The CME Group announced earlier this week that is has filed with the FSA to create a London based derivatives exchange in mid-2013. For the CME Group, the news marked a deviation from the company’s usual method of expansion which has been based on partnering with local exchanges and co-marketing new derivative products (an example of this is the CME Group’s partnership with Bursa Malaysia for clearing Palm Oil contracts that we referred to in our Malaysian FX update last month). The new exchange will be regulated under the FSA in the UK and trading will be operated electronically through the CME’s Globex platform. Also, while there are plans of offering trading of various asset classes in the proposed London exchange, the CME will specifically be focusing on the launch of its FX products in London.
Explaining the rationale behind the proposed London exchange, Derek Sammann, Global Head of Interest Rates and FX products, told Forex Magnates that the launch of a London exchange was based on the growth of FX trading originating from Europe. “CME’s current non-US business only accounts for 30-35% of our FX volumes, so customer feedback confirms that we have an opportunity to reach a broader Non-US customer base”. He also explained “that there was a desire (from European firms) for an FSA regulated exchange for FX products that was consistent with UK financial laws.” When asked whether there will be any changes to margin requirements and whether there was even demand from London traders for changes, Sammann answered that the “risk management and margining will be broadly in line with CME’s US methodology. Customer firms want the known and trusted risk management principles of CME Group’s central clearing warehouse, and that prudently managing risk is the business that we are in.”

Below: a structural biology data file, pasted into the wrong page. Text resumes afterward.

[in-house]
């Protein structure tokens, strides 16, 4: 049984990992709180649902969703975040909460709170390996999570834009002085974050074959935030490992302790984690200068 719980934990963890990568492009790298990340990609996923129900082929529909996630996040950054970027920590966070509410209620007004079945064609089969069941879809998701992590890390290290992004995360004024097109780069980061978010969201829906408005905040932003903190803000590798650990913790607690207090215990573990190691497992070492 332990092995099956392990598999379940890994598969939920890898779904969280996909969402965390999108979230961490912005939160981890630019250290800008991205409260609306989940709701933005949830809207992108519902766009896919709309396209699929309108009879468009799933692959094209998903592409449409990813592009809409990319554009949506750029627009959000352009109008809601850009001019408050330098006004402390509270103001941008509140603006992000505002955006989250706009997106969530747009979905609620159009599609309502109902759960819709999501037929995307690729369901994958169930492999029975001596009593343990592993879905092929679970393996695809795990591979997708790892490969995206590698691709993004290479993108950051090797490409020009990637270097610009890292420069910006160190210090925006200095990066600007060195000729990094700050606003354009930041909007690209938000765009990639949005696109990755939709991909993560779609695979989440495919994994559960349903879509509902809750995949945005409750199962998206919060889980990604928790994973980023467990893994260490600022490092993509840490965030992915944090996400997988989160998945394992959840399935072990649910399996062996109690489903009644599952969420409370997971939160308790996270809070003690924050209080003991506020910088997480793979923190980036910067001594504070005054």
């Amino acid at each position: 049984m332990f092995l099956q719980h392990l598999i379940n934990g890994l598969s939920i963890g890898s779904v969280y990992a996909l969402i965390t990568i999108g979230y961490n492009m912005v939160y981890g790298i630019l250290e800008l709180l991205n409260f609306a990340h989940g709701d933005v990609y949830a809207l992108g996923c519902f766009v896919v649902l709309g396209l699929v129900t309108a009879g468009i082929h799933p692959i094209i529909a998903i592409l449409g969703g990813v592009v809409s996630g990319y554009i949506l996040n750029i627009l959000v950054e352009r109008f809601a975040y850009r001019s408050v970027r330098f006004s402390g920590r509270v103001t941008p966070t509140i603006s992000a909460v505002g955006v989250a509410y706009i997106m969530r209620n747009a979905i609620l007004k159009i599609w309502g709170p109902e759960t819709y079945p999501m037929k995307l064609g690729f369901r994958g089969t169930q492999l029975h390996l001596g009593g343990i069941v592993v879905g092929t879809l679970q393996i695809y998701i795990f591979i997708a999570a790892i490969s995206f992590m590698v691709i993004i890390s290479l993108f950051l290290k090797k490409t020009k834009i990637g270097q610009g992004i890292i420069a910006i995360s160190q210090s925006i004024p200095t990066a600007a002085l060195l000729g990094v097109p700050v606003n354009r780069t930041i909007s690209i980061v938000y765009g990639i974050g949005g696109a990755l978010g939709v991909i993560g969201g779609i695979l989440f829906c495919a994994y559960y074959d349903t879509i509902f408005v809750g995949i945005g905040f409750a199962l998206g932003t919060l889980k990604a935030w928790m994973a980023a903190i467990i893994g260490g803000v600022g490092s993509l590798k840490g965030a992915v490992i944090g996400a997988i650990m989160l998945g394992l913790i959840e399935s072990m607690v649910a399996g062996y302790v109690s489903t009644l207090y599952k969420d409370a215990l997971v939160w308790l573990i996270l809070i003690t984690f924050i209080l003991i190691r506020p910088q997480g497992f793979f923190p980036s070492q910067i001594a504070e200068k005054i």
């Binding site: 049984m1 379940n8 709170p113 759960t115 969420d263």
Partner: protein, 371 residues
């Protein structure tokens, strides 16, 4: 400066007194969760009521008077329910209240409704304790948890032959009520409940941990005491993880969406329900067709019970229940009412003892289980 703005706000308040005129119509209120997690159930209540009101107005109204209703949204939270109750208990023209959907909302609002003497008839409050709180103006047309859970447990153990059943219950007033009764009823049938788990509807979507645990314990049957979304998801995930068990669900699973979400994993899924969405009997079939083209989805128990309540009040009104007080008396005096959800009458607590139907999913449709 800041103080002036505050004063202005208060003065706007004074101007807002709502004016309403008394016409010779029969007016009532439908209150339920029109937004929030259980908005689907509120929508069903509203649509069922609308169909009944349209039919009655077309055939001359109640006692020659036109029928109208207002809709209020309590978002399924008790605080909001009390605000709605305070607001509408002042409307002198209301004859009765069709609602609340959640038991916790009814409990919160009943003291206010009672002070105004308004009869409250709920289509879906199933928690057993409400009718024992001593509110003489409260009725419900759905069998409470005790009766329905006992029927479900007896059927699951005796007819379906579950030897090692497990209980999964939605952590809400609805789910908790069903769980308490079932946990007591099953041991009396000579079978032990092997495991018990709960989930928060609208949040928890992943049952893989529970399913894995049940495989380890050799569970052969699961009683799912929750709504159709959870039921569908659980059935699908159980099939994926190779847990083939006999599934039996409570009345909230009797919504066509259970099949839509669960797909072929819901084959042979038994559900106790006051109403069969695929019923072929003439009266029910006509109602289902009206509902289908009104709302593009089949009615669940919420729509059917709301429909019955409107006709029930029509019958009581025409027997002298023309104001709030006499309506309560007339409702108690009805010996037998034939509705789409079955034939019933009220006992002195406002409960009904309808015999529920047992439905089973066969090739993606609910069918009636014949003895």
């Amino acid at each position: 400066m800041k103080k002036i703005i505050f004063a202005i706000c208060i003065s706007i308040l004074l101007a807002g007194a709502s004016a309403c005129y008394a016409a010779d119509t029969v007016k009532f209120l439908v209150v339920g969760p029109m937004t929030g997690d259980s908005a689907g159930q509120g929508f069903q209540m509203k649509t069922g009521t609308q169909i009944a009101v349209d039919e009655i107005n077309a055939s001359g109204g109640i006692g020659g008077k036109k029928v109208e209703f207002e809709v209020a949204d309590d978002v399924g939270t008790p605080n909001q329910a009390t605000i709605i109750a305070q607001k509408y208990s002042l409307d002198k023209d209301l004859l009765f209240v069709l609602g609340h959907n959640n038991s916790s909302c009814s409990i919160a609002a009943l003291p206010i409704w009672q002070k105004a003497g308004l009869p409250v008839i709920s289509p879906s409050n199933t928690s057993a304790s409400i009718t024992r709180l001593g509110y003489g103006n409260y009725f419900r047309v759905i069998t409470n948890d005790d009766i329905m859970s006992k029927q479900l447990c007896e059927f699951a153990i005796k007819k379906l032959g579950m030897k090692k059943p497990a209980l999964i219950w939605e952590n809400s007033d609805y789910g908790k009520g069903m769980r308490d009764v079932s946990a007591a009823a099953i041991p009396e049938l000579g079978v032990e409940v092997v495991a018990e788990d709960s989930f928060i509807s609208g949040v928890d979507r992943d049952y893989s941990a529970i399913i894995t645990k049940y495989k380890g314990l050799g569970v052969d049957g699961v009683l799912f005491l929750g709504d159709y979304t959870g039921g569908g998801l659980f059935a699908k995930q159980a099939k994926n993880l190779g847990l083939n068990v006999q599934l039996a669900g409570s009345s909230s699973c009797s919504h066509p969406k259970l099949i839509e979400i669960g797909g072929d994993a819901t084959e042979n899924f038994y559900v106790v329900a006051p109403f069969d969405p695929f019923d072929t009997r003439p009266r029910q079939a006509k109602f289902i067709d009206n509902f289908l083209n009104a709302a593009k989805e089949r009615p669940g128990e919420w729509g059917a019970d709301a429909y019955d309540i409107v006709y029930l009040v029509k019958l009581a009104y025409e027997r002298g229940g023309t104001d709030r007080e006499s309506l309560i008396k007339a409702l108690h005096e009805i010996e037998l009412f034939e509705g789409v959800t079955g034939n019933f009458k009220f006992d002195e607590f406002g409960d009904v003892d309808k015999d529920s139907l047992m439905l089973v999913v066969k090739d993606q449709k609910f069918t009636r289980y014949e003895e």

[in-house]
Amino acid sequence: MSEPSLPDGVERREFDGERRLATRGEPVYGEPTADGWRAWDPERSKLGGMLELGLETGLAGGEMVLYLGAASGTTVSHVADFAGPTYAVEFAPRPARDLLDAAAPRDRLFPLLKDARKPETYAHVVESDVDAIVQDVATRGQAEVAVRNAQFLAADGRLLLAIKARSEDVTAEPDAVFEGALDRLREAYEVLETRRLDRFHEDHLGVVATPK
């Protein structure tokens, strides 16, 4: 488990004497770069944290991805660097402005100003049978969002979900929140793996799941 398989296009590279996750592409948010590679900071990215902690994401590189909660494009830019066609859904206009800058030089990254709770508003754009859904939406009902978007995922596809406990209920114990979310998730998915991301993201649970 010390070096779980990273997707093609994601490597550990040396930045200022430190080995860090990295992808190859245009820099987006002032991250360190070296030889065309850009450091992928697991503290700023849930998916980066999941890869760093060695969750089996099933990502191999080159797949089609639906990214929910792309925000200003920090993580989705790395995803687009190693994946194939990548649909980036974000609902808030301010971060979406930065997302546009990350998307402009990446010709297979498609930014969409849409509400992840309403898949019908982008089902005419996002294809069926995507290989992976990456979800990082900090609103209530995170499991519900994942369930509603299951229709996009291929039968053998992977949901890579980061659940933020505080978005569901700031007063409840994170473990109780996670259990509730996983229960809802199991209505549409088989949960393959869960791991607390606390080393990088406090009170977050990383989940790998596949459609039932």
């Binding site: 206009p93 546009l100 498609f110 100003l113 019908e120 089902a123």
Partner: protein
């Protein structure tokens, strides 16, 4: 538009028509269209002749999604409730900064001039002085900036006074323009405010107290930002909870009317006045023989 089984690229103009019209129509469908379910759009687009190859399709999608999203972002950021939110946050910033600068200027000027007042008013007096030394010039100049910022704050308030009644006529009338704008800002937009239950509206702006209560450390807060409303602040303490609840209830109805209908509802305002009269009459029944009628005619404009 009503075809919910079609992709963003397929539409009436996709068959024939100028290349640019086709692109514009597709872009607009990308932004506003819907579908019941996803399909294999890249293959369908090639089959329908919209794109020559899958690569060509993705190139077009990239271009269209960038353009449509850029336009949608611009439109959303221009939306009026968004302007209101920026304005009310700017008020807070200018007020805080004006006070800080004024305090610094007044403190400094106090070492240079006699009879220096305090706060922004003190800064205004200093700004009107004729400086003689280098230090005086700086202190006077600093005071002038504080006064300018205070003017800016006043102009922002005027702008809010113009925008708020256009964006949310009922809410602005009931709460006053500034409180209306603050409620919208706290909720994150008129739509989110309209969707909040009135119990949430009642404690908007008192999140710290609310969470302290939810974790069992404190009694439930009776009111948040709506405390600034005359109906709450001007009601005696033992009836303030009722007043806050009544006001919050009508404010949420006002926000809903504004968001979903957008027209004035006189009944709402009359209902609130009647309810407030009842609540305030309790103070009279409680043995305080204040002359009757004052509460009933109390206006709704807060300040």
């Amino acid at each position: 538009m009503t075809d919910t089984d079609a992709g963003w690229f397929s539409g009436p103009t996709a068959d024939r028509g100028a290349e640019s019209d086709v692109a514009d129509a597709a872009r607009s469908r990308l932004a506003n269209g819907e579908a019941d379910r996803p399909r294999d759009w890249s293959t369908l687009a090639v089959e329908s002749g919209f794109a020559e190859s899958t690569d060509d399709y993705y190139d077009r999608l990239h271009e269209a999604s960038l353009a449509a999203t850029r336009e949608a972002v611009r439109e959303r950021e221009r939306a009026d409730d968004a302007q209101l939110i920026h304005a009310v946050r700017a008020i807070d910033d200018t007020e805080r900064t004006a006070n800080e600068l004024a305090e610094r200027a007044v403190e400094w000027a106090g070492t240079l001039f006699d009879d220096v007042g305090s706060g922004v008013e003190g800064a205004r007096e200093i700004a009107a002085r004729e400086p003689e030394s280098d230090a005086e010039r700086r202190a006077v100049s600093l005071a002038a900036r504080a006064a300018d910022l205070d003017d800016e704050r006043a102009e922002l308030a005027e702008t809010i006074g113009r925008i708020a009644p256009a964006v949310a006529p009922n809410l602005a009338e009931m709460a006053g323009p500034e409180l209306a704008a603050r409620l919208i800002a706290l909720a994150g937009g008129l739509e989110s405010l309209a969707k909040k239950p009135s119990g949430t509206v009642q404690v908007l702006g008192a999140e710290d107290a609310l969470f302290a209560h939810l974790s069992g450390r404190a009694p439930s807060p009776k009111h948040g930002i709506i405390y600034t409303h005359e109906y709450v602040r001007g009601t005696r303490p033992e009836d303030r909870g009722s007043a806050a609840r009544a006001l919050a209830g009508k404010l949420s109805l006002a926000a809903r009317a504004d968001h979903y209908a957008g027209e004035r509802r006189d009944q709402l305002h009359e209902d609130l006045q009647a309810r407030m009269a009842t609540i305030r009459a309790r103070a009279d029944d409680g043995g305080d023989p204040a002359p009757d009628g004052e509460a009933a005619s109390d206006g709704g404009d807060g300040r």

FBS Has Added New Pharma Stocks with Intense Growth RatesGo to article >>
Currently, the CME Group is planning on launching its existing FX futures products upon the launch of the London exchange. In response to whether the CME Group will create new products for the Europe, Derek Sammann answered that being in London will create a “Venue for more natural demand, (the CME Group) is really excited as this gives us the opportunity to create regional trade opportunities and we will develop new products based on customer demand.”
For FX traders, the CME has become a rising destination of trades as volumes rose 10 fold from $12 to $120 billion ADV from 2002 to 2011. According to the CME Group, the totals made the CME the second largest venue in the world in terms of FX ADV in 2011. Therefore, with volumes expected to rise due to the increase of additional traders from the London Exchange, it could boost liquidity on what is already one of the world’s most liquid FX venues.